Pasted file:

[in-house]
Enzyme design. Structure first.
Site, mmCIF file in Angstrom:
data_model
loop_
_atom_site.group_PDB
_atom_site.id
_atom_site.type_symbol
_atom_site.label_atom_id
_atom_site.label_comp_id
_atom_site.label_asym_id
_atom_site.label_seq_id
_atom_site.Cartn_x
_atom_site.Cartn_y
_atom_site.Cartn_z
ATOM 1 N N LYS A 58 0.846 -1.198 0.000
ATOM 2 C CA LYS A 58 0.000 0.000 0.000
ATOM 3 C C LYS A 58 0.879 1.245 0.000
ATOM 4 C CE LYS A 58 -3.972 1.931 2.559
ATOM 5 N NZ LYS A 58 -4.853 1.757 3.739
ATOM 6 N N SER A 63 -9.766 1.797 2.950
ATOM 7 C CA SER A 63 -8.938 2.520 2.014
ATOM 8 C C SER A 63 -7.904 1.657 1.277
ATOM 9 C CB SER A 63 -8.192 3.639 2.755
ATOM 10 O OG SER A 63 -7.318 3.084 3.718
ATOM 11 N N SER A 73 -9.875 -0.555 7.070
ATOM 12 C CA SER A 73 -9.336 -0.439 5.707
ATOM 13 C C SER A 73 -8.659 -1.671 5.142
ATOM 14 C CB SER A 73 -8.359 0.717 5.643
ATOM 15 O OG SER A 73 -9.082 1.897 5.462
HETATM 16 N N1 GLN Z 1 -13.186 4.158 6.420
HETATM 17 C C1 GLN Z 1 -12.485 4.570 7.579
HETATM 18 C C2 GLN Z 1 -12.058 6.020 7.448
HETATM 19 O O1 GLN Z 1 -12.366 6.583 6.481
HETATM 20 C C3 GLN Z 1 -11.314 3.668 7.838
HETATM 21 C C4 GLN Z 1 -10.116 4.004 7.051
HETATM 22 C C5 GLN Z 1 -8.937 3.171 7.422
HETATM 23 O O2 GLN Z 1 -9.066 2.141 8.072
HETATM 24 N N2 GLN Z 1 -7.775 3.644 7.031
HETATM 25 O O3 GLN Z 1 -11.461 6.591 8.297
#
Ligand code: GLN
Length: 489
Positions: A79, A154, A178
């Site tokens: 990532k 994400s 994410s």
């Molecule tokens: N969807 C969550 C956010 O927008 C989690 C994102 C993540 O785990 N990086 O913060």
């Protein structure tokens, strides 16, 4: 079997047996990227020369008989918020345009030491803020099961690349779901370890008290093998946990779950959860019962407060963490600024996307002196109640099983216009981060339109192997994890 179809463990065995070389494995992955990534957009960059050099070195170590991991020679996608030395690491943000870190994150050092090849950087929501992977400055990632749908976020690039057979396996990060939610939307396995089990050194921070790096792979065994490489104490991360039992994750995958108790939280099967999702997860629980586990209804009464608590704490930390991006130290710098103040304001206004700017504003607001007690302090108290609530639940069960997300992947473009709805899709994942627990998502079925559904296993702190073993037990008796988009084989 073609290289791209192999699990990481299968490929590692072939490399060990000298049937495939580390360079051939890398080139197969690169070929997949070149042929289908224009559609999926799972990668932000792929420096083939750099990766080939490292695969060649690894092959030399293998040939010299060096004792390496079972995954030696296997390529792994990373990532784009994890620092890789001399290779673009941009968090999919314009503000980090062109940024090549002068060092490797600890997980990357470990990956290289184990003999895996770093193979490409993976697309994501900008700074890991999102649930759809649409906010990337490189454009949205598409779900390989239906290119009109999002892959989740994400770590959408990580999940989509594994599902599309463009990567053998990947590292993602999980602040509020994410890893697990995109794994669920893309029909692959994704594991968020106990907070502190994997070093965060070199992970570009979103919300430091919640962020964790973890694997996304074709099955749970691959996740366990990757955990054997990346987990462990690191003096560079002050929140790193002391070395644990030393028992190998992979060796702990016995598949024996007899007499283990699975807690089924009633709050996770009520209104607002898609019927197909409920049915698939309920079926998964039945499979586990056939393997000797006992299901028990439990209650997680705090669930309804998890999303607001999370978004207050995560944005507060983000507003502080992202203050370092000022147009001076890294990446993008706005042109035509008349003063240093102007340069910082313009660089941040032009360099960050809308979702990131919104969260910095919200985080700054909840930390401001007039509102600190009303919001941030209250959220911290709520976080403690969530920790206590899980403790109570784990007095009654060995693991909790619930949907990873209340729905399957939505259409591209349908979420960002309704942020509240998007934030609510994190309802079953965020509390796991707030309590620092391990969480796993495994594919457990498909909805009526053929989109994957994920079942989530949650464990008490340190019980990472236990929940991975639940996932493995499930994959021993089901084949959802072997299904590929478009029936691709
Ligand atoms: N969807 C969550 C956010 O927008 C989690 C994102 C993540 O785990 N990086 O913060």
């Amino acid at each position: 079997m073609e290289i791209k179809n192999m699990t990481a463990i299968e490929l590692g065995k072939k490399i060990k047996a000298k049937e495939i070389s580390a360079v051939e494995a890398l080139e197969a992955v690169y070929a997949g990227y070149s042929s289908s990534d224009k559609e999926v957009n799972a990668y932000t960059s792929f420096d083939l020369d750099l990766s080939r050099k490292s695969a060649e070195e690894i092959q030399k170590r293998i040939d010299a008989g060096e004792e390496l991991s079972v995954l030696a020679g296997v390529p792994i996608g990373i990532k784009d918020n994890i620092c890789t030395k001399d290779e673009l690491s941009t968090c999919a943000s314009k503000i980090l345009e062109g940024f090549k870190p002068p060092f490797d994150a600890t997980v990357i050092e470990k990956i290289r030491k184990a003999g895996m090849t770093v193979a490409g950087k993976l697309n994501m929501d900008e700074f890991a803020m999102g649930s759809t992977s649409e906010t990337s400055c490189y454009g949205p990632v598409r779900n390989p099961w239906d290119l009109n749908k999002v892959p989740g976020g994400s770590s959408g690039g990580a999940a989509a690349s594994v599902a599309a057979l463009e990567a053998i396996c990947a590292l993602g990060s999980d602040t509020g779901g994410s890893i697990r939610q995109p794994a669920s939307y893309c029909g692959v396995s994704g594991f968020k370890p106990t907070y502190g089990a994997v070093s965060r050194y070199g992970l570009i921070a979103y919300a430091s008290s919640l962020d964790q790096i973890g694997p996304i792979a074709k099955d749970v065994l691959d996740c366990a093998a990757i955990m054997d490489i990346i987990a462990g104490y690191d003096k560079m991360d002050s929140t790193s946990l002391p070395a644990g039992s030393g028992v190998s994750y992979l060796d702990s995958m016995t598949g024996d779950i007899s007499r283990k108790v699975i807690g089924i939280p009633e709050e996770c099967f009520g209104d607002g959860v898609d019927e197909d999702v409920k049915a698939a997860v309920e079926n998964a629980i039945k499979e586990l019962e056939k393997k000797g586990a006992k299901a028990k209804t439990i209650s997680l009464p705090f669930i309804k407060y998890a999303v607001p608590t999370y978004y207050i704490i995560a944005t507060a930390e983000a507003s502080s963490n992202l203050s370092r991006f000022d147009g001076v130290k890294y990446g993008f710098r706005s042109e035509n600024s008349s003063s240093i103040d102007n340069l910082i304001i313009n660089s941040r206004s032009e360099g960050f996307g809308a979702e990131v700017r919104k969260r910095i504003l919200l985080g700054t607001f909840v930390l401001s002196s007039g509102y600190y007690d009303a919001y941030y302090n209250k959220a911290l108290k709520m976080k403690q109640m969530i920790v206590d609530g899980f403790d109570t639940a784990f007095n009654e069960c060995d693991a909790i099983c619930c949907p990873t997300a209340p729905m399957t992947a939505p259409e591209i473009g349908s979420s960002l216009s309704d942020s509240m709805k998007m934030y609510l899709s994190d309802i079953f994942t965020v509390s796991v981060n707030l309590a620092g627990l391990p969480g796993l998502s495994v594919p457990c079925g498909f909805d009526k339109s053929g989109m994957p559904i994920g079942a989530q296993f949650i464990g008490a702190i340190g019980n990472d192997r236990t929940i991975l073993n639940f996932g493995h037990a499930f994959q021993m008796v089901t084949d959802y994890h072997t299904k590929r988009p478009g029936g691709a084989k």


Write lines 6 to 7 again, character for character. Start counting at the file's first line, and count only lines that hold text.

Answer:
_atom_site.group_PDB
_atom_site.id